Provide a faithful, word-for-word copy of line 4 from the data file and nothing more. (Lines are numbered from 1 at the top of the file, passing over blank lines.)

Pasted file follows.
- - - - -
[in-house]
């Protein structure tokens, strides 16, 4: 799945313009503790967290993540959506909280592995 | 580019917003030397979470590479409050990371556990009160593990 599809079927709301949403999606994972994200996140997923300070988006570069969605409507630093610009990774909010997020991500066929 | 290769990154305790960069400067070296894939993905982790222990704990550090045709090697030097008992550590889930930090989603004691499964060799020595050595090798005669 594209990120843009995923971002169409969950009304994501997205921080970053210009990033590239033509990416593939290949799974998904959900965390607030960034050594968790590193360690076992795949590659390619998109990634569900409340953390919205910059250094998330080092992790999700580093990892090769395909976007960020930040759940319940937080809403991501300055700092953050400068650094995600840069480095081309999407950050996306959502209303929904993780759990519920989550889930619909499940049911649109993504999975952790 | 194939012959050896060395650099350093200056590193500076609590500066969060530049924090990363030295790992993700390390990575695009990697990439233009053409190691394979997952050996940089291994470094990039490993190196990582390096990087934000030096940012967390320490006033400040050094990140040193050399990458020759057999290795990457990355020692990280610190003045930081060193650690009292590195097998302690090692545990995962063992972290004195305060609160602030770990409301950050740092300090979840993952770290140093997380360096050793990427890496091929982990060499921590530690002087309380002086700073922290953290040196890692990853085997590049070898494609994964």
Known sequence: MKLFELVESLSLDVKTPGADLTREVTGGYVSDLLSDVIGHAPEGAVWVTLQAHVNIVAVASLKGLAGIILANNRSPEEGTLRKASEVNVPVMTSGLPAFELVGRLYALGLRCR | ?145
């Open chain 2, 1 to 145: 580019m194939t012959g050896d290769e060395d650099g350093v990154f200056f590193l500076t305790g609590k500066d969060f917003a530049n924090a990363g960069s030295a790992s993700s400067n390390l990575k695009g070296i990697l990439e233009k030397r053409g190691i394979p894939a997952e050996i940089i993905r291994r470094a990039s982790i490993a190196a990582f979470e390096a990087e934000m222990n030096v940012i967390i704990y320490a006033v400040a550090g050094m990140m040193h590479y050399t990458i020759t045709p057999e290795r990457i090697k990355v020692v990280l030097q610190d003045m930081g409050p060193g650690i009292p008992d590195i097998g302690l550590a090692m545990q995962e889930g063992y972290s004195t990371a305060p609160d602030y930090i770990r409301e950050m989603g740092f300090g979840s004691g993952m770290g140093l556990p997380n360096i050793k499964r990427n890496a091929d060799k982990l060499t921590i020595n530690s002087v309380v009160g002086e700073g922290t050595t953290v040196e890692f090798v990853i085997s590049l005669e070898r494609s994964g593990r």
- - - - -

């Open chain 2, 1 to 145: 580019m194939t012959g050896d290769e060395d650099g350093v990154f200056f590193l500076t305790g609590k500066d969060f917003a530049n924090a990363g960069s030295a790992s993700s400067n390390l990575k695009g070296i990697l990439e233009k030397r053409g190691i394979p894939a997952e050996i940089i993905r291994r470094a990039s982790i490993a190196a990582f979470e390096a990087e934000m222990n030096v940012i967390i704990y320490a006033v400040a550090g050094m990140m040193h590479y050399t990458i020759t045709p057999e290795r990457i090697k990355v020692v990280l030097q610190d003045m930081g409050p060193g650690i009292p008992d590195i097998g302690l550590a090692m545990q995962e889930g063992y972290s004195t990371a305060p609160d602030y930090i770990r409301e950050m989603g740092f300090g979840s004691g993952m770290g140093l556990p997380n360096i050793k499964r990427n890496a091929d060799k982990l060499t921590i020595n530690s002087v309380v009160g002086e700073g922290t050595t953290v040196e890692f090798v990853i085997s590049l005669e070898r494609s994964g593990r």